Yeltsin gives US nuclear warning
"Clinton allowed himself to pressurize Russia yesterday," the Russian president told reporters in Beijing after meeting China's leaders. "He must have forgotten for a moment what Russia is. We have a full arsenal of nuclear weapons." The Guardian reports.

One step at a time..and keeping options open, but:
Russo-Sino Summit Marks Ascendance of China
The differing media coverage reflects the fundamental difference in emphasis both nations place on the meeting. Russia appears desperate for China's support, to demonstrate to the United States that it is still a great power. China, while maintaining some distance from Russia's tactical concerns, is also demonstrating clearly to the United States that a Sino-Russian bloc remains an option. Yet another interesting analysis from Stratfor.

Conflict-resolution - Burundi

One more conflict virtually forgotten
350,000 in camps as Burundi war rages on
Detainees fight disease and hunger while government battles to halt rebel attacks on capital - as reported in The Guardian.

Yhis is the main problem Nelson Mandela, the new mediator of the Burundian peace process shall help solve: The majority Hutus are being uprooted from their homes in Rwanda and Burundi.
Tutsi rulers try their hand at social engineering
Hundreds of thousands have been removed from their homes following violent civil wars in ethnically-divided Rwanda and Burundi earlier this decade. Since then, the governing Tutsis in both nations aggressively guard against uprisings by Hutu insurgents, while trying to rebuild their broken countries. And both nations are currently experimenting with massive displacement efforts.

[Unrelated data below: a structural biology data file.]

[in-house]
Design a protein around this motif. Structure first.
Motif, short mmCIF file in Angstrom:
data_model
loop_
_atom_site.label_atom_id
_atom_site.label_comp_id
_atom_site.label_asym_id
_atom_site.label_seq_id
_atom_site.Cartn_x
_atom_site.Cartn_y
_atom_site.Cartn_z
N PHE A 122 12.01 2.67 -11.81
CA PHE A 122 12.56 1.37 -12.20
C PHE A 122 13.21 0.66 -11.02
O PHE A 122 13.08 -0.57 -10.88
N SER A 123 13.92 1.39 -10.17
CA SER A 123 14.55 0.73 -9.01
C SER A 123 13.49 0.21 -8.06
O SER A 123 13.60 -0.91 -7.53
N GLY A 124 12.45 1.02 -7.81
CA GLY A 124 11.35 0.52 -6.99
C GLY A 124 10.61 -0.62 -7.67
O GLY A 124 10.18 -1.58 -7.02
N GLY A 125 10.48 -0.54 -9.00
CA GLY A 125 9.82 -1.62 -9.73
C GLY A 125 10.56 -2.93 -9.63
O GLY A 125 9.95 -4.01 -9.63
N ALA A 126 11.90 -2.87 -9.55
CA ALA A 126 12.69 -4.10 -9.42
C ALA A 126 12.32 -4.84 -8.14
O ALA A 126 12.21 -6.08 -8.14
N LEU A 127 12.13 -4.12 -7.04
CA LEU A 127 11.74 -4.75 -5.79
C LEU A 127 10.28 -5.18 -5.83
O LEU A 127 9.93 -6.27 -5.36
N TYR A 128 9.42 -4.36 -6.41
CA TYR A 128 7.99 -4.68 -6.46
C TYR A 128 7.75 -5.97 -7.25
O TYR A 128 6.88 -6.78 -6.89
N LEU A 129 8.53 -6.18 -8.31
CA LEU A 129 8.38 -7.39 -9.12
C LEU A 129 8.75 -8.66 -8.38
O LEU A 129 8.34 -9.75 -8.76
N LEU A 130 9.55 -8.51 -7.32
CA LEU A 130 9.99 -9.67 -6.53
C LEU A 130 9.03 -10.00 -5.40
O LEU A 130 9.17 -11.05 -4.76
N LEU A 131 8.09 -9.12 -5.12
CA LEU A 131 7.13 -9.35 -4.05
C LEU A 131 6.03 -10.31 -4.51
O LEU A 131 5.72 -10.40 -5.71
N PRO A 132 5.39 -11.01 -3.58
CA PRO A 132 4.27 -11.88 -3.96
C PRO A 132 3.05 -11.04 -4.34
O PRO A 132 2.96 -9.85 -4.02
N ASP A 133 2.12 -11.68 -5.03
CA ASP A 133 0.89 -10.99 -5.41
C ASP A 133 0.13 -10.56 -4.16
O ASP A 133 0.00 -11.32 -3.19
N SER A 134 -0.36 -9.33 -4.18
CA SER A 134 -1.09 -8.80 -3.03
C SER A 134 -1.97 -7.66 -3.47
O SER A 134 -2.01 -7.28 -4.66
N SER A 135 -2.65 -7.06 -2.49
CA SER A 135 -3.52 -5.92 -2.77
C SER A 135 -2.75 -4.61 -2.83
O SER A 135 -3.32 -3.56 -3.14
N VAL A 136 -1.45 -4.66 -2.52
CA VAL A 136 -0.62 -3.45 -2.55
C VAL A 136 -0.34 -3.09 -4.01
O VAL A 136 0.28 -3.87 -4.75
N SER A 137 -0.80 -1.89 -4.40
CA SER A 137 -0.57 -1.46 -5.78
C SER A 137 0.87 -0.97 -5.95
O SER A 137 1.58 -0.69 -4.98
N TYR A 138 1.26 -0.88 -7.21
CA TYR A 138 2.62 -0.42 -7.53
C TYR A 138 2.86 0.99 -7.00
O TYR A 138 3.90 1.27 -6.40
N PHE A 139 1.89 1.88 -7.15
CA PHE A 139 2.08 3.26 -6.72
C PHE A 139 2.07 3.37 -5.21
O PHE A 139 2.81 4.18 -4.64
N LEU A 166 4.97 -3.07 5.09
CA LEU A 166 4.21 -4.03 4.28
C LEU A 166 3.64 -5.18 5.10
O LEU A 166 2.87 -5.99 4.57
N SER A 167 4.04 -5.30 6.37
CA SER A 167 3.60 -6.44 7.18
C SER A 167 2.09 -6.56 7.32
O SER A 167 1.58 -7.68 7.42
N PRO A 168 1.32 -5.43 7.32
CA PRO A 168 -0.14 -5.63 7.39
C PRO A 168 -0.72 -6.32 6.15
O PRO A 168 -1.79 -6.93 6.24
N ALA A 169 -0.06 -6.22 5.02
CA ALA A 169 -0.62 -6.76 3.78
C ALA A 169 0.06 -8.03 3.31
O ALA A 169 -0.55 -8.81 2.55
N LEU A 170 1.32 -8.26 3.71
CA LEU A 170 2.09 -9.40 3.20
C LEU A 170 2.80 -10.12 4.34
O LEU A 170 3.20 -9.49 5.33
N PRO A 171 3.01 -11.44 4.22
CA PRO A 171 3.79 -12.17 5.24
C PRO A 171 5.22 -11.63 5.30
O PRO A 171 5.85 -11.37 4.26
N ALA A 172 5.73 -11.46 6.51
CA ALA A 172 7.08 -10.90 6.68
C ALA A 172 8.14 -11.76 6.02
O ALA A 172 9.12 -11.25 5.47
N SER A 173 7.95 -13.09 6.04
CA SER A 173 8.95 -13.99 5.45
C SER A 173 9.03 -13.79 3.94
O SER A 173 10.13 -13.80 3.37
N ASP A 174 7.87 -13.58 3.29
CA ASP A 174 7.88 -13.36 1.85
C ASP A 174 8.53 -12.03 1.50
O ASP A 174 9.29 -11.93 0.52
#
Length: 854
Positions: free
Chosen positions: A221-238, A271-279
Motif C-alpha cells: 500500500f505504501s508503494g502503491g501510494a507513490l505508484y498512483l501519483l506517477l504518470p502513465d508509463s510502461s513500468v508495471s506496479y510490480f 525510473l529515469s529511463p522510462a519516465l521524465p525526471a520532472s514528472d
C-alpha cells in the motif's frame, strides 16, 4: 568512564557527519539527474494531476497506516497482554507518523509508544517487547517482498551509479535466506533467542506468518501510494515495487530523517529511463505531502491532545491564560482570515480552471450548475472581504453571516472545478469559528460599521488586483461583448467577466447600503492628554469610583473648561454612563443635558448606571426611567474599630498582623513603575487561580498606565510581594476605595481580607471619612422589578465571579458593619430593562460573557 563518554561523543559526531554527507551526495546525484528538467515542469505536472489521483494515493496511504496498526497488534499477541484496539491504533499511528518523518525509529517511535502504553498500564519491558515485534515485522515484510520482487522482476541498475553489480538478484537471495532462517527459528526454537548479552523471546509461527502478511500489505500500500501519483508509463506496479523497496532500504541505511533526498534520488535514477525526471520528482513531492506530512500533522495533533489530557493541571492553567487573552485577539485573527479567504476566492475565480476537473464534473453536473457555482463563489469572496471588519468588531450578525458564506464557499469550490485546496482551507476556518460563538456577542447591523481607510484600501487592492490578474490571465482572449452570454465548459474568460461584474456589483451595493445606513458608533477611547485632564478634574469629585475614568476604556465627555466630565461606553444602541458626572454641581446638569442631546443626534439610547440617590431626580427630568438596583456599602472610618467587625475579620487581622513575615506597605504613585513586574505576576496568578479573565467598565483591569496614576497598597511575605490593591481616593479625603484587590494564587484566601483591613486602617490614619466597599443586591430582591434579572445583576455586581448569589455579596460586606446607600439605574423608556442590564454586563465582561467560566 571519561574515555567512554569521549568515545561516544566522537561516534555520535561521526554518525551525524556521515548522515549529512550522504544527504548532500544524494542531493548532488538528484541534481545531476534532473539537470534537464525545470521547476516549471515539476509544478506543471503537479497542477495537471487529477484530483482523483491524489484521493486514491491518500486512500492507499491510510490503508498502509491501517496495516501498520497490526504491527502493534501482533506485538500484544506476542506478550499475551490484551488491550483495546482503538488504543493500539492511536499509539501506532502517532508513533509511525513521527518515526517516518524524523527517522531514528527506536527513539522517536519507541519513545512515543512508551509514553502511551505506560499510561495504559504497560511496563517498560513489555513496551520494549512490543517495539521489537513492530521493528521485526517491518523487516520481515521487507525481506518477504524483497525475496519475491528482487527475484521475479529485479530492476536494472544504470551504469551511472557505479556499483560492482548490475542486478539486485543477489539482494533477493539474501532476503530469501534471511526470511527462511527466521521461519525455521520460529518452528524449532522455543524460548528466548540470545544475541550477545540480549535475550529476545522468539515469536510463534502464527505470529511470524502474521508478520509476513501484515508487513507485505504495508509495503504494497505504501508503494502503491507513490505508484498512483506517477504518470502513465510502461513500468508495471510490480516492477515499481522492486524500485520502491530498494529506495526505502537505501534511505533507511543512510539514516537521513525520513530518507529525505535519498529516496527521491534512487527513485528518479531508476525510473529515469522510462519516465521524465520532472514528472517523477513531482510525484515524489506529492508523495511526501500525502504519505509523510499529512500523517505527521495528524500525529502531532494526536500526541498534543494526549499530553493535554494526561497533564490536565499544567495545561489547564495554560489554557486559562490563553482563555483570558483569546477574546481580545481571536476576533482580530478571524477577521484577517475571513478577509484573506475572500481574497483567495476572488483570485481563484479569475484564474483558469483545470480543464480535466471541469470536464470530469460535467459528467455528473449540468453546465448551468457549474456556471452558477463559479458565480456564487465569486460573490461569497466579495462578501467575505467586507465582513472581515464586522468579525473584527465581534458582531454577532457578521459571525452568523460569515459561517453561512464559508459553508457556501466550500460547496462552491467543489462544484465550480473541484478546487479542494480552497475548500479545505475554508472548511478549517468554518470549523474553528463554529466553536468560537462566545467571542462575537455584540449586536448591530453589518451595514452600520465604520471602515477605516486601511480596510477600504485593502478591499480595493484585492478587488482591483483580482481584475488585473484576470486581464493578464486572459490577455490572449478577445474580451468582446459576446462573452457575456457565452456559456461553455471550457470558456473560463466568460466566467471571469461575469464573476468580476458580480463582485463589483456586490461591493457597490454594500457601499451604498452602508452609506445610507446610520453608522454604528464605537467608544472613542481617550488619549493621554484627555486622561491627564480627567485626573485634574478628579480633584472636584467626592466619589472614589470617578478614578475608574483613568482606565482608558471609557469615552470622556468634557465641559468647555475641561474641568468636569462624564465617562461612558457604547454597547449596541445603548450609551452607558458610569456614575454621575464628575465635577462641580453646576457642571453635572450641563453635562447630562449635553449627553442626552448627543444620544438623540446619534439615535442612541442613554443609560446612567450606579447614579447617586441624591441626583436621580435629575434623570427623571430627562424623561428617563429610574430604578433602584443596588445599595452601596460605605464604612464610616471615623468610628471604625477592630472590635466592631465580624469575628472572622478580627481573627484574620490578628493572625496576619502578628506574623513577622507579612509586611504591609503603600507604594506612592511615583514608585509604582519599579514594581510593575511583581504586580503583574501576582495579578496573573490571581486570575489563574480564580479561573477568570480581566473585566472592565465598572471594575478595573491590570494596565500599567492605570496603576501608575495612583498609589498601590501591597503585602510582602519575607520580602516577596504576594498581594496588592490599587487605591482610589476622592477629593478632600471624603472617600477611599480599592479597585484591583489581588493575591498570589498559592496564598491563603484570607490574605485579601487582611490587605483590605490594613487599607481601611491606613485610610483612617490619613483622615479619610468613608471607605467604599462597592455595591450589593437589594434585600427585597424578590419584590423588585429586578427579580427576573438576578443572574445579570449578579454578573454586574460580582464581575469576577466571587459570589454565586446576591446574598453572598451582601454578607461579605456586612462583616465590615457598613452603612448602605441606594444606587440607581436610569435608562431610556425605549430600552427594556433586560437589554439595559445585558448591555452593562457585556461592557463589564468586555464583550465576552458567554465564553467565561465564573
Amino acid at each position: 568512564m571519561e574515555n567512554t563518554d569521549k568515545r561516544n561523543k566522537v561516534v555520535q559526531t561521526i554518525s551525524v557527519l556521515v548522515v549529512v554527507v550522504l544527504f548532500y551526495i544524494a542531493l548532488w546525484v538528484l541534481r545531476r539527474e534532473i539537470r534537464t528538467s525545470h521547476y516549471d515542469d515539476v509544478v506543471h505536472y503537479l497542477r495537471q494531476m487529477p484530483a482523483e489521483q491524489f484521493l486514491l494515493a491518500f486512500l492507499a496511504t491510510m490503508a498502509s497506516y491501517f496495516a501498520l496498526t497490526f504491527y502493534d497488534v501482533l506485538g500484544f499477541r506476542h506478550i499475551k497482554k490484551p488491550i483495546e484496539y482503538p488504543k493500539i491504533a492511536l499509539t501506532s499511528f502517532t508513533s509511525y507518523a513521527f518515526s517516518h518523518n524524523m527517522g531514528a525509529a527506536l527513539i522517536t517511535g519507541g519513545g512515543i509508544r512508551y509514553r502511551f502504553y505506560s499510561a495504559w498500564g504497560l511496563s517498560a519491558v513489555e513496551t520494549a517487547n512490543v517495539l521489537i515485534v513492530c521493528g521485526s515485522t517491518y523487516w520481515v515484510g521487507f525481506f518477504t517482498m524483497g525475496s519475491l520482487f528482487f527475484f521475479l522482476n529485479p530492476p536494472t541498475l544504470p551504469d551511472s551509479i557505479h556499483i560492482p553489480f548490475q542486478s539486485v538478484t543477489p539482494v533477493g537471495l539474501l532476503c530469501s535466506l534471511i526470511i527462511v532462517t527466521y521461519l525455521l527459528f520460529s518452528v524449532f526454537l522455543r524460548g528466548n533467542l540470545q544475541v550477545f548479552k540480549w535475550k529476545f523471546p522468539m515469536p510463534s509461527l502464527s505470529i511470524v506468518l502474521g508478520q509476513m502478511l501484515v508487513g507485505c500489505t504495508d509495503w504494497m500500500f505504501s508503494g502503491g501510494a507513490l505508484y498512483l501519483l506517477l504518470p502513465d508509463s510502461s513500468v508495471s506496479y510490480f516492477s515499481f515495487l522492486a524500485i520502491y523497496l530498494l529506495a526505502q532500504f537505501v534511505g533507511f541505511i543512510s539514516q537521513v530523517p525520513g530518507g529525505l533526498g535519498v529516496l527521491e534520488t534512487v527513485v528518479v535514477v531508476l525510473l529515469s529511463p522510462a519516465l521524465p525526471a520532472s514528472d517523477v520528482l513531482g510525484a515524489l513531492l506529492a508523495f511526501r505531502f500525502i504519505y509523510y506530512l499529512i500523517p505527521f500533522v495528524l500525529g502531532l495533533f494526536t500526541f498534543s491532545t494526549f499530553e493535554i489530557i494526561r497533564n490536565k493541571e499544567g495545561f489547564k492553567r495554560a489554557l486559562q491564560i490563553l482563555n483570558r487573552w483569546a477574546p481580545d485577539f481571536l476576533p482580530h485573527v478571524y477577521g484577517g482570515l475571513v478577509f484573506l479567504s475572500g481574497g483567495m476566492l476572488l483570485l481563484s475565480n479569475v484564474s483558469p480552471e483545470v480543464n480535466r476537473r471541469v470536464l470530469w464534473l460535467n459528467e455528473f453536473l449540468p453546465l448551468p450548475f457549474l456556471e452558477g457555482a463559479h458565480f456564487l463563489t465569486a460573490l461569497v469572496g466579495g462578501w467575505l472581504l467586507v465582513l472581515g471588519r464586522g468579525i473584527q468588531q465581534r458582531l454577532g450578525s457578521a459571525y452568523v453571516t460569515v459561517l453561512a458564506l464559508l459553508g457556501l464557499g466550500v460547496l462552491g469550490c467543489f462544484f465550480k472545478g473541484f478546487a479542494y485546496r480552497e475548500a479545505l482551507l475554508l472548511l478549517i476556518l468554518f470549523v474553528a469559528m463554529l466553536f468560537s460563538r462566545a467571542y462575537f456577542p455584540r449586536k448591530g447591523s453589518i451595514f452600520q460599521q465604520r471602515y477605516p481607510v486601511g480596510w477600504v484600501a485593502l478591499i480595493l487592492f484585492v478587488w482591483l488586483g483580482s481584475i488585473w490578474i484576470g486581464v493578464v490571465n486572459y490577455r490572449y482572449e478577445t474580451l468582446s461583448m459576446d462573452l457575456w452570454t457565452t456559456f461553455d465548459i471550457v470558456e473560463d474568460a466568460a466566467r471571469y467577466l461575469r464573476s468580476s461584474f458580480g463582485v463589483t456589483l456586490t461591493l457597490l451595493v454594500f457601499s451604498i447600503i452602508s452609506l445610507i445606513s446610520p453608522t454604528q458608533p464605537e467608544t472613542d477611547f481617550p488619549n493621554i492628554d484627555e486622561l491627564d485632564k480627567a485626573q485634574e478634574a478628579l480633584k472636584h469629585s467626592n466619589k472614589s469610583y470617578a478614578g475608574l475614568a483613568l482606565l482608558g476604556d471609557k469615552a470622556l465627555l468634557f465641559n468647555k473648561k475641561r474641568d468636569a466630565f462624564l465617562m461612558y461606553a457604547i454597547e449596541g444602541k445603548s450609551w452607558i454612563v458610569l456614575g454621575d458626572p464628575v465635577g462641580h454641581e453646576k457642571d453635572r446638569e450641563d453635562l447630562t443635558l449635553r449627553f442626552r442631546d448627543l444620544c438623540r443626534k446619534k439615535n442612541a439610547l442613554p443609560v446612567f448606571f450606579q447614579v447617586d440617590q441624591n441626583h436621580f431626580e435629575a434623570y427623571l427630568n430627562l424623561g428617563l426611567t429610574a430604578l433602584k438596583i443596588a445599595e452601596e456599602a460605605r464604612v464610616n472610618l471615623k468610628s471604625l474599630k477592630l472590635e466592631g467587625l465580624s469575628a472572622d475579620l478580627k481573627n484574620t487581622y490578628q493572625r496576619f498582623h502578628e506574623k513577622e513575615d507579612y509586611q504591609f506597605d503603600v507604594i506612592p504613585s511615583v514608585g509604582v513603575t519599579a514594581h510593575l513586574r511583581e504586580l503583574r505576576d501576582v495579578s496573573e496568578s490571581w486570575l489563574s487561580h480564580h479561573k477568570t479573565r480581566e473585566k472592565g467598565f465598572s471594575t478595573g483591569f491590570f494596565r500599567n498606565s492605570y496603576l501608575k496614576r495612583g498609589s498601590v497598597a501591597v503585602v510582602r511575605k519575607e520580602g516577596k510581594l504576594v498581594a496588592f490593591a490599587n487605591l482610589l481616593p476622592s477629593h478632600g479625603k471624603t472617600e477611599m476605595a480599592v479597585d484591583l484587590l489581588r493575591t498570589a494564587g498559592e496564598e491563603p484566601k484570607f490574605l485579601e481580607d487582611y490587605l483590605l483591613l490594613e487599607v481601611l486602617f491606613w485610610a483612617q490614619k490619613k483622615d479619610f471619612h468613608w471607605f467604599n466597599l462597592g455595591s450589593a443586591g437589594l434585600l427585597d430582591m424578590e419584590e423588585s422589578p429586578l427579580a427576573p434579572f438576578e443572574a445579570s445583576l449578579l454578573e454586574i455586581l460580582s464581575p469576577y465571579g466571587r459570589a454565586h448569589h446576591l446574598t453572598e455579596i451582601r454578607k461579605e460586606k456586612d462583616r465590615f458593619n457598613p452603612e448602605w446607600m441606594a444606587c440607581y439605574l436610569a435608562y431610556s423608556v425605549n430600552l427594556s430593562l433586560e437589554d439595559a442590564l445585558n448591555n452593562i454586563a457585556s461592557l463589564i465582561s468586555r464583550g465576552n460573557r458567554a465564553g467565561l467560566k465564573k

Balkans, Kosovo & Yugoslavia

Croatia's president has died. The debate about him - and the future of Croatia after him - is in
full swing. Here is an excellent analysis, from Slate - followed by discussion:
Croatian President Franjo Tudjman. The Balkans' (not much) lesser evil.
History will remember him more accurately: "Franjo Tudjman: Not Quite as Bad as Milosevic." Tudjman's good fortune is that he has never been quite as nasty, stupid, and uncivilized as his brother-in-crime, Slobodan Milosevic. Tudjman shares Milosevic's eliminationist nationalism, and he implemented it with similar brutality, using murder, war, exile, and judicial terrorism to empty Croatia of non-Croatians.

Court case in Belgrade disgusts everyone with a humanitarian outlook
Jails doctor and humanitarian champion
Leading human rights lawyer comments that there is no valid evidence against Dr. Brovina: "In Stalin's times one got 10 years for nothing. Here one gets 12."